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Botswana moves rhinos out of Okavango Delta as poaching worsens

A surge in poaching has forced Botswana conservation officials to move rhinos. Image: Pxfuel.

Mbongeni Mguni, Fin24 | October 24, 2021
The Botswana government is moving rhinos out of the Okavango Delta after a surge in poaching that has seen 92 of the endangered animals killed in the past two years, compared to just seven in 2010 to 2018.

The delta is one of two World Heritage Sites in the southern African country, a 20 000 square-kilometer wetland populated by 130 animal species, including white and black rhinos. It’s Botswana’s premier tourist attraction and the rhinos are a major drawcard.

The remaining rhinos in the delta will be moved to sanctuaries around the country to allow their populations to recover, Wildlife and National Parks Director Kabelo Senyatso said in a statement late Friday.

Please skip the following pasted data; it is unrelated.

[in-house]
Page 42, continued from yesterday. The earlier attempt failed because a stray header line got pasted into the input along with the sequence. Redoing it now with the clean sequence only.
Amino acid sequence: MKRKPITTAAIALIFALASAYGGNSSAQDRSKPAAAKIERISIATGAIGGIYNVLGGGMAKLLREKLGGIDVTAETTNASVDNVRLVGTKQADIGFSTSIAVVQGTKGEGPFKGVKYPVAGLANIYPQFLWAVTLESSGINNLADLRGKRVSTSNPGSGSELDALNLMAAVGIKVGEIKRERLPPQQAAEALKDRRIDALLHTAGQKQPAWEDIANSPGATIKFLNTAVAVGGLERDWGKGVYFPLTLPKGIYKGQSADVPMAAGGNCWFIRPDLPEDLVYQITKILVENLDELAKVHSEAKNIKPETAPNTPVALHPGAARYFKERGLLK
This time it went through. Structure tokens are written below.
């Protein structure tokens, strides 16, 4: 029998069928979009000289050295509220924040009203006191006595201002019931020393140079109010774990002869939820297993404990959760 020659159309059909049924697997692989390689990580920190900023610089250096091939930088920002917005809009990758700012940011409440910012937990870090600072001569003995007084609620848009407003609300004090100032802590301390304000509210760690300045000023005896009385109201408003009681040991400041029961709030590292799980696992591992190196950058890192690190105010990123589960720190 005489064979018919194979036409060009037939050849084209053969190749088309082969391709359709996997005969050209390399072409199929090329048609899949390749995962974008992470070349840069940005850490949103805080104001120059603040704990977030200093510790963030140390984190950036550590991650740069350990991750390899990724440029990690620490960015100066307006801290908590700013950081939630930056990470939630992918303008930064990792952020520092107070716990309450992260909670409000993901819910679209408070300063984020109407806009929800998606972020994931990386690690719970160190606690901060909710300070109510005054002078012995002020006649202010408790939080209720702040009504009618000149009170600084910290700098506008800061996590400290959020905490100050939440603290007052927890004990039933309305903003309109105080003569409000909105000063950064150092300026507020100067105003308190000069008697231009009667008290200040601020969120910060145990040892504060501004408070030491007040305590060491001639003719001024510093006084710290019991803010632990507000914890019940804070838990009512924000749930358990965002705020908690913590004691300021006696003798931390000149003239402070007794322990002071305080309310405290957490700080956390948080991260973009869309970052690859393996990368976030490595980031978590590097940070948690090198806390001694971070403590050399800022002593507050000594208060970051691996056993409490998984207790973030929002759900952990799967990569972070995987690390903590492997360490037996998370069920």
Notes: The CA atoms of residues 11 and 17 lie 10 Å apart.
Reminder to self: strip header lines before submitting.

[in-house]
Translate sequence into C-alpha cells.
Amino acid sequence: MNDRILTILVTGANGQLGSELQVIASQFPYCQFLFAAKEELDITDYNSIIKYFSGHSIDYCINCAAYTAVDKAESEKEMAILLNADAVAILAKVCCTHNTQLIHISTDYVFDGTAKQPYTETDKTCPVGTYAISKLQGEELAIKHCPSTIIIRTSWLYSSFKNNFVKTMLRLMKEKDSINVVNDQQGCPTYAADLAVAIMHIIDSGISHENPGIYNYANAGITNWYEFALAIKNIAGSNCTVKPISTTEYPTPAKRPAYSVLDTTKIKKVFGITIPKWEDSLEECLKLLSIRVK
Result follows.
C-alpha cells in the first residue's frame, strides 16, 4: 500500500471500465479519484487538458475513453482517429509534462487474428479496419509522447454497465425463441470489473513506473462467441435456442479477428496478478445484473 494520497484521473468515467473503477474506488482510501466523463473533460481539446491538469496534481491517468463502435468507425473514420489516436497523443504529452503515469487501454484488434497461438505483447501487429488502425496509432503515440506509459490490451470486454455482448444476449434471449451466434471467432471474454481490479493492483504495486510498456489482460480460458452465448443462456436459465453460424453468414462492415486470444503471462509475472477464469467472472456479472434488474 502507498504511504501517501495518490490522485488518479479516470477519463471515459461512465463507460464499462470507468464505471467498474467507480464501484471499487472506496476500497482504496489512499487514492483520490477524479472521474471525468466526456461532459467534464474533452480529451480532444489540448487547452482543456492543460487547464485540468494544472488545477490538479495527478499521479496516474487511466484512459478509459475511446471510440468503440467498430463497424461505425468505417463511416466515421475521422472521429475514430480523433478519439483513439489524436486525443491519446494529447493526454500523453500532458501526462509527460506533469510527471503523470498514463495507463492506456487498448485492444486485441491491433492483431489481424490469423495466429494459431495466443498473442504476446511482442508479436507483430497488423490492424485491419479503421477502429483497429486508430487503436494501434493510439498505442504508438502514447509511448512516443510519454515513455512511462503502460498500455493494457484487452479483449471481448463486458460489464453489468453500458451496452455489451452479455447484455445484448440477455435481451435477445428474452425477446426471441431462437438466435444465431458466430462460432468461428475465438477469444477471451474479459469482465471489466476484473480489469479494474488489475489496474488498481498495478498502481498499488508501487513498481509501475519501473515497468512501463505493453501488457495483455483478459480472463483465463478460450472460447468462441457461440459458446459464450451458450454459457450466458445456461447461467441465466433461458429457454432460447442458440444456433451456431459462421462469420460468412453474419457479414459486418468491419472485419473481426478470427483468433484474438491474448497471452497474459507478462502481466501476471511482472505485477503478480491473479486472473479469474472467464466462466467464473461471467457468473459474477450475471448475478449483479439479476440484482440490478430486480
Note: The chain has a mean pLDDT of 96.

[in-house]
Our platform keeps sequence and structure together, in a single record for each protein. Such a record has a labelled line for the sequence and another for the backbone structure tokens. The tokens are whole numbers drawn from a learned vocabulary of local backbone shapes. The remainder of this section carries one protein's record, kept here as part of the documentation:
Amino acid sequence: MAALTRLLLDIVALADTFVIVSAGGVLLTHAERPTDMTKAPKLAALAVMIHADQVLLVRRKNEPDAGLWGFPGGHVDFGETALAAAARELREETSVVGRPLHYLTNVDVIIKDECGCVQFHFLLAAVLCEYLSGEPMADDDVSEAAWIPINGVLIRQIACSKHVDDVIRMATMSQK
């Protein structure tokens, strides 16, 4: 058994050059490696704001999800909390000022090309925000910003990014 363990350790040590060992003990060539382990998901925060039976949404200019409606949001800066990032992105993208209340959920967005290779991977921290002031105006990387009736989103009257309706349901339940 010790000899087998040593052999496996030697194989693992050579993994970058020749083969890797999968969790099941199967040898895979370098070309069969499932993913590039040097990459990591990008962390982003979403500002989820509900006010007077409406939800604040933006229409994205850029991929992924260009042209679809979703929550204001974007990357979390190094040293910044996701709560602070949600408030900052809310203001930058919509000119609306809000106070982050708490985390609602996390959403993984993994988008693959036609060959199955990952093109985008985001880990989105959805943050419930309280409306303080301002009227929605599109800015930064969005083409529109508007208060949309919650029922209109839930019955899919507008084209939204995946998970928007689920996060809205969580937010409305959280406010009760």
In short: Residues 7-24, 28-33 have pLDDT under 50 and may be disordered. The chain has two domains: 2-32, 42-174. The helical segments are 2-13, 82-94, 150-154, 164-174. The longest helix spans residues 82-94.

“Over the next few years, the animals from the sanctuaries will be used to re-populate other areas, including the Okavango Delta,” Senyatso said.

Botswana previously experienced the near extinction of rhinos in the wild in the 1990s, before their relocation to sanctuaries and protection provided by the army began rebuilding their numbers. Botswana doesn’t provide a tally of its rhino population, to keep this information from poachers.

Options such as dehorning the rhinos and increasing foot and aerial patrols had worked to “differing levels,” leading to the decision to move the animals, he said.

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